How do Kosovar Albanians differ from Albanians in Albania?
July 30, 2008 11:26 AM   Subscribe

How do Kosovar Albanians differ from Albanians in Albania?

Kosovar Albanians and Albanians in Albania proper share a nationality but their historical experiences seem so different that I wonder if the division has produced cultural differences between the two. The historical analogy that comes to mind is that of Germany, where the Iron Curtain produced distinct “Ossi” and “Wessi” identities which persisted even after reunification

So, how are Kosovar Albanians different from Albanians in Albania? Do they speak a different dialect of Albanian? Do they speak with a distinct accent? How did their experiences under Yugoslav Communism affect them culturally? And how do the two groups view each other?

Many thanks in advance.
posted by jason's_planet to Society & Culture (7 answers total) 6 users marked this as a favorite
Best answer: Sadly, both Albania and Kosovo are very poor - there's nothing like the financial divide that existed between East and West Germany.

In Albania, Enver Hoxha's regime was isolationist even among Eastern European nations - close ties to China, for instance. Like many dictators, he was fairly paranoid, and seemed to spend a lot of time constructing millions of concrete bunkers and seeming to do little else.

Kosovo's Albanians benefited in some ways from being a much more progressive and liberated country (in comparison, of course), but at the same time were fairly oppressed by the Serbian population. Use of Albanian was hindered and prohibited in some cases (as in education), and opportunities were doled out unfairly, keeping the level of unemployment high.

Yours is a very loaded question; Serbia has long maintained a secret plan by Albanians to merge Kosovo with Albania proper to form a "Greater Albania." I reckon this is unlikely to happen though, and there's not much evidence of it. One reason - and this is the same reason that makes your question tricky to answer - is that the divide between Albanians isn't really Albania / Kosovo. It's Gheg / Tosk. These are the two dialects of Albanian, but they carry with them many other associations. Gheg is spoken in the northern part (above the River Shkumbin) of Albania and in Kosovo. Tosk is spoken south of the River Shkumbin.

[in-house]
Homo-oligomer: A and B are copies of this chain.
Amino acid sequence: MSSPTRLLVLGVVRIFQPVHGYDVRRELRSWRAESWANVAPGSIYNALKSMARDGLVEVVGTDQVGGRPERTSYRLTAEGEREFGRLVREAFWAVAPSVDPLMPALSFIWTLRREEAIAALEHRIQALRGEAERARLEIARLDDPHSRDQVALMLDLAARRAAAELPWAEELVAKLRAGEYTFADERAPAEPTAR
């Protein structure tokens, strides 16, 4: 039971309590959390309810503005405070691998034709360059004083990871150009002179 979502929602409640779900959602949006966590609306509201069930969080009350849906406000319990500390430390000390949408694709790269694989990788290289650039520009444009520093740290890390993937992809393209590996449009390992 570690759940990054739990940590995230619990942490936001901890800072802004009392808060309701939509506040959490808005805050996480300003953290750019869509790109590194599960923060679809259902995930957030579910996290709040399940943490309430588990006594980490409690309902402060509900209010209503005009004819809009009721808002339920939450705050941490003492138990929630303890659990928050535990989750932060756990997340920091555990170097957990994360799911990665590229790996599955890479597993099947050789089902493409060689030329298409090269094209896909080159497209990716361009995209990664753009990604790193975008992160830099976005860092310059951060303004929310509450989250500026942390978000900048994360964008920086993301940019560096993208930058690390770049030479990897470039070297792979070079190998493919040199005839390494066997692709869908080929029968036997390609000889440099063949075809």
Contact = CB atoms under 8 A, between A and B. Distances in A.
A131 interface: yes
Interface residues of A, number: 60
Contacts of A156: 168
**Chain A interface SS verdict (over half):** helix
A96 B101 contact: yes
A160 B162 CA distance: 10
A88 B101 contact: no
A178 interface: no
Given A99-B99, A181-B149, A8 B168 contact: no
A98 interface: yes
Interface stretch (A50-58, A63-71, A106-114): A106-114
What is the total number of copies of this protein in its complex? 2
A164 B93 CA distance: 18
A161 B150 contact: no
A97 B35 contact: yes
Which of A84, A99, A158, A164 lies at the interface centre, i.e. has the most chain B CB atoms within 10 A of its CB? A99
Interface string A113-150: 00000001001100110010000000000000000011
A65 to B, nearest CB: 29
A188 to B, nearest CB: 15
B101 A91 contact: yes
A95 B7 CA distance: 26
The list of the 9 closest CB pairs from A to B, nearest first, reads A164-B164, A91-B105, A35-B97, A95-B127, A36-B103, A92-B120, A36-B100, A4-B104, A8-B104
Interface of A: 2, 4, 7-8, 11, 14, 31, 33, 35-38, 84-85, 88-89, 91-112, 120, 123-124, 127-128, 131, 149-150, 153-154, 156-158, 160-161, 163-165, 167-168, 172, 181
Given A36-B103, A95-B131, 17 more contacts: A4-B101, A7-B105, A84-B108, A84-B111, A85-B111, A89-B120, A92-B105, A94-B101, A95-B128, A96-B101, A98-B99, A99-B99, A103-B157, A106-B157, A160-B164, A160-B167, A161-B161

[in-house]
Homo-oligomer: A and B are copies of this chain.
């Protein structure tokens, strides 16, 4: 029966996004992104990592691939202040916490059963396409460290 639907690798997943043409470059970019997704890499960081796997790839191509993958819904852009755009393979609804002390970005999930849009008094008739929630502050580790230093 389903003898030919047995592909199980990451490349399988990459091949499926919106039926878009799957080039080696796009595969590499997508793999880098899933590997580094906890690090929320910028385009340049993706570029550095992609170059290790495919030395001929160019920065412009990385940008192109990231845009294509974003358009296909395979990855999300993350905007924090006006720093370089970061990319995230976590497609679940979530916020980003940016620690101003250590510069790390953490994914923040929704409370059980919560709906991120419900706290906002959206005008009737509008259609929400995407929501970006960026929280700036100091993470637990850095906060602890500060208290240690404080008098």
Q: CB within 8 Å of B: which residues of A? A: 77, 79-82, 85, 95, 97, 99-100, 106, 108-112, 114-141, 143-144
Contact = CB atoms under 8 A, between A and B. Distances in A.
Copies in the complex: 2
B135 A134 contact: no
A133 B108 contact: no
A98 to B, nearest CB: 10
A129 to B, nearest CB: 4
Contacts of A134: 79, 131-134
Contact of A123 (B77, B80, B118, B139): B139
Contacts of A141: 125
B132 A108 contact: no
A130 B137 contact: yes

So, there's great solidarity between the Northern Albanians and the Kosovan Albanians - the Ghegs. Not so much with the Tosks of the south. I think Tosk is the more literary and "official form," and that the Albania government is more Tosk-centric. (Take that with a grain of salt; I'm not 100% sure.) So the idea of more Ghegs may be disturbing to the Tosks.

The Ghegs are also the feisty people whose culture is built in part around the Kanun - a collection of cultural "laws" which tend to revolve around honor and can be pretty heavy. You can read a little about some of their fascinating customs in this
recent thread.

To make a long story short, the differences may be greater between the northern Ghegs and the southern Tosks than between Albanians in general and Kosovans.
posted by Dee Xtrovert at 12:13 PM on July 30, 2008 [6 favorites]

Also, both the Ghegs and Tosks have several different dialects. I think there's a high degree of mutual intelligibility, at least in the mainstream versions of these differences. The highly agrarian lifestyle of Kosovo's Gheg population was such that it's hard to say that Communism or anything else affected them much - quite a lot of them live as their great-grandparents would have, though this is a generalization.
posted by Dee Xtrovert at 12:15 PM on July 30, 2008

Best answer: As an Albanian, here is my quick take:

The most forceful division ocurred about 100 years ago at the collapse of the Ottoman control of that area of the Balkans, and was solidified after WWII. Albania declared independence in 1912, which was recognised in 1913, albeit the borders were changed and Albanian territory was annexed by neighboring countries. The Great Highlands went to Montenegro, Kosovo went to Serbia, Tetova and areas to the East went to Macedonia and Chameria in the south was taken over by Greece. Regarding the "Greater Albania" question, considering it was violently broken up, the notion should not be viewed as malicious or predatory as a matter of course. That said, I don't think it is reasonable to expect any legitimate push for unification between Kosovo and Albania, now or in the foreseeable future. The notion itself was a creation of either Serbia or Greece. As far ar I can tell, the general hope in both countries seems to be that as long as there is peace, and economic and political progress is (ever so slowly) being made, there is absolutely no need to chase after administrative nomenclature.